WITH the home influences which I have described, it may be readily imagined that my young mind turned very much upon the subject of religion, the more so as my father and mother took different views upon it. The old Puritan soldier held that the bible alone contained all things essential to salvation, and that though it might be advisable that those who were gifted with wisdom or eloquence should expound the Scriptures to their brethren, it was by no means necessary, but rather hurtful and degrading, that any organised body of ministers or of bishops should claim special prerogatives, or take the place of mediators between the creature and the Creator. For the wealthy dignitaries of the Church, rolling in their carriages to their cathedrals, in order to preach the doctrines of their Master, who wore His sandals out in tramping over the countryside, he professed the most bitter contempt; nor was he more lenient to those poorer members of the clergy who winked at the vices of their patrons that they might secure a seat at their table, and who would sit through a long evening of profanity rather than bid good-bye to the cheesecakes and the wine flask. That such men represented religious truth was abhorrent to his mind, nor would he even give his adhesion to that form of church government dear to the Presbyterians, where a general council of the ministers directed the affairs of their church. Every man was, in his opinion, equal in the eyes of the Almighty, and none had a right to claim any precedence over his neighbour in matters of religion. The book was written for all, and all were equally able to read it, provided that their minds were enlightened by the Holy Spirit.
My mother, on the other hand, held that the very essence of a church was that it should have a hierarchy and a graduated government within itself, with the king at the apex, the archbishops beneath him, the bishops under their control, and so down through the ministry to the common folk. Such was, in her opinion, the Church as established in the beginning, and no religion without these characteristics could lay any claim to being the true one. Ritual was to her of as great importance as morality, and if every tradesman and farmer were allowed to invent prayers, and change the service as the fancy seized him, it would be impossible to preserve the purity of the Christian creed. She agreed that religion was based upon the Bible, but the Bible was a book which contained much that was obscure, and unless that obscurity were cleared away by a duly elected and consecrated servant of God, a lineal descendant of the Disciples, all human wisdom might not serve to interpret it aright. That was my mother’s position, and neither argument nor entreaty could move her from it. The only question of belief on which my two parents were equally ardent was their mutual dislike and distrust of the Roman Catholic forms of worship, and in this the Churchwoman was every whit as decided as the fanatical Independent.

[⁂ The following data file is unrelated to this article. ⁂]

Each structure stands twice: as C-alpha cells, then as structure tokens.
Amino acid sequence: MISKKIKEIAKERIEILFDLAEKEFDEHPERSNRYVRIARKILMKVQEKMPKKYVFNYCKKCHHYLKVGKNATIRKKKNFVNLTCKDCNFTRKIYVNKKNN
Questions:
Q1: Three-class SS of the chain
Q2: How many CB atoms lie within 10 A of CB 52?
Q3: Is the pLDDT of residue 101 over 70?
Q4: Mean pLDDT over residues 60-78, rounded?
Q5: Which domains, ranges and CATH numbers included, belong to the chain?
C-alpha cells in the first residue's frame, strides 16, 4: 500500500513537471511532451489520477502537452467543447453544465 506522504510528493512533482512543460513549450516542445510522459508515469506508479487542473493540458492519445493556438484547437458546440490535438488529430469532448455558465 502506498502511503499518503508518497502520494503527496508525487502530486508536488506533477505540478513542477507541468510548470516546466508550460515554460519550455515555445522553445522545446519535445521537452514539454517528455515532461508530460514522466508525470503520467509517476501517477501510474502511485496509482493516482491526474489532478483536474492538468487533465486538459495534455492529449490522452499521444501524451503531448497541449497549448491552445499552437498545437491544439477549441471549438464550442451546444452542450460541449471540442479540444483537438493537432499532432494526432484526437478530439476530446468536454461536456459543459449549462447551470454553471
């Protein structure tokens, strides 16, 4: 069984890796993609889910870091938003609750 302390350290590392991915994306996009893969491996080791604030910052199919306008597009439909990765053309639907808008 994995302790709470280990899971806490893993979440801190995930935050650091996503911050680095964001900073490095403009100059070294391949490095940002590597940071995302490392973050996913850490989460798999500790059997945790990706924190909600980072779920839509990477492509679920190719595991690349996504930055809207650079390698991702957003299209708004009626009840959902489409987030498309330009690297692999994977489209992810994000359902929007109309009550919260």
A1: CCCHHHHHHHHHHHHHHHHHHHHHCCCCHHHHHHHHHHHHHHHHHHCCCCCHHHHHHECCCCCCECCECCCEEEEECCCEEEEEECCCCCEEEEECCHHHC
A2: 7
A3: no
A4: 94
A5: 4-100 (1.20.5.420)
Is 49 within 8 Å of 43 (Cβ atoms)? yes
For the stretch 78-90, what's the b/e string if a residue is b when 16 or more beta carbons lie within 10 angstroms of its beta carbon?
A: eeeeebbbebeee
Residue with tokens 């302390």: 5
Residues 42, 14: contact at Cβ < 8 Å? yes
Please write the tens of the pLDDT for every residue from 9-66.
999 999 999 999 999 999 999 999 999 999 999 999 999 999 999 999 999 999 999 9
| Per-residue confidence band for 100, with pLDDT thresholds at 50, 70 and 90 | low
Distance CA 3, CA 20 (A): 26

It may seem strange to you in these days of tolerance, that the adherents of this venerable creed should have met with such universal ill-will from successive generations of Englishmen. We recognise now that there are no more useful or loyal citizens in the state than our Catholic brethren, and Mr. Alexander Pope or any other leading Papist is no more looked down upon for his religion than was Mr. William Penn for his Quakerism in the reign of King James. We can scarce credit how noblemen like Lord Stafford, ecclesiastics like Archbishop Plunkett, and commoners like Langhorne and Pickering, were dragged to death on the testimony of the vilest of the vile, without a voice being raised in their behalf; or how it could be considered a patriotic act on the part of an English Protestant to carry a flail loaded with lead beneath his cloak as a menace against his harmless neighbours who differed from him on points of doctrine. It was a long madness which has now happily passed off, or at least shows itself in a milder and rarer form.
Foolish as it appears to us, there were some solid reasons to account for it. You have read doubtless how, a century before I was born, the great kingdom of Spain waxed and prospered. Her ships covered every sea. Her troops were victorious wherever they appeared. In letters, in learning, in all the arts of war and peace they were the foremost nation in Europe. You have heard also of the ill-blood which existed between this great nation and ourselves; how our adventurers harried their possessions across the Atlantic, while they retorted by burning such of our seamen as they could catch by their devilish Inquisition, and by threatening our coasts both from Cadiz and from their provinces in the Netherlands. At last so hot became the quarrel that the other nations stood off, as I have seen the folk clear a space for the sword-players at Hockley-in-the-Hole, so that the Spanish giant and tough little England were left face to face to fight the matter out. Throughout all that business it was as the emissary of the Pope, and as the avenger of the dishonoured Roman Church, that King Philip professed to come. It is true that Lord Howard and many another gentleman of the old religion fought stoutly against the Dons, but the people could never forget that the reformed faith had been the flag under which they had conquered, and that the blessing of the Pontiff had rested with their opponents. Then came the cruel and foolish attempt of Mary to force upon them a creed for which they had no sympathy, and at the heels of it another great Roman Catholic power menaced our liberty from the Continent. The growing strength of France promoted a corresponding distrust of Papistry in England, which reached a head when, at about the time of which I write, Louis XIV. threatened us with invasion at the very moment when, by the revocation of the Edict of Nantes, he showed his intolerant spirit towards the faith which we held dear. The narrow Protestantism of England was less a religious sentiment than a patriotic reply to the aggressive bigotry of her enemies. Our Catholic countrymen were unpopular, not so much because they believed in Transubstantiation, as because they were unjustly suspected of sympathising with the Emperor or with the King of France. Now that our military successes have secured us against all fear of attack, we have happily lost that bitter religious hatred but for which Oates and Dangerfield would have lied in vain.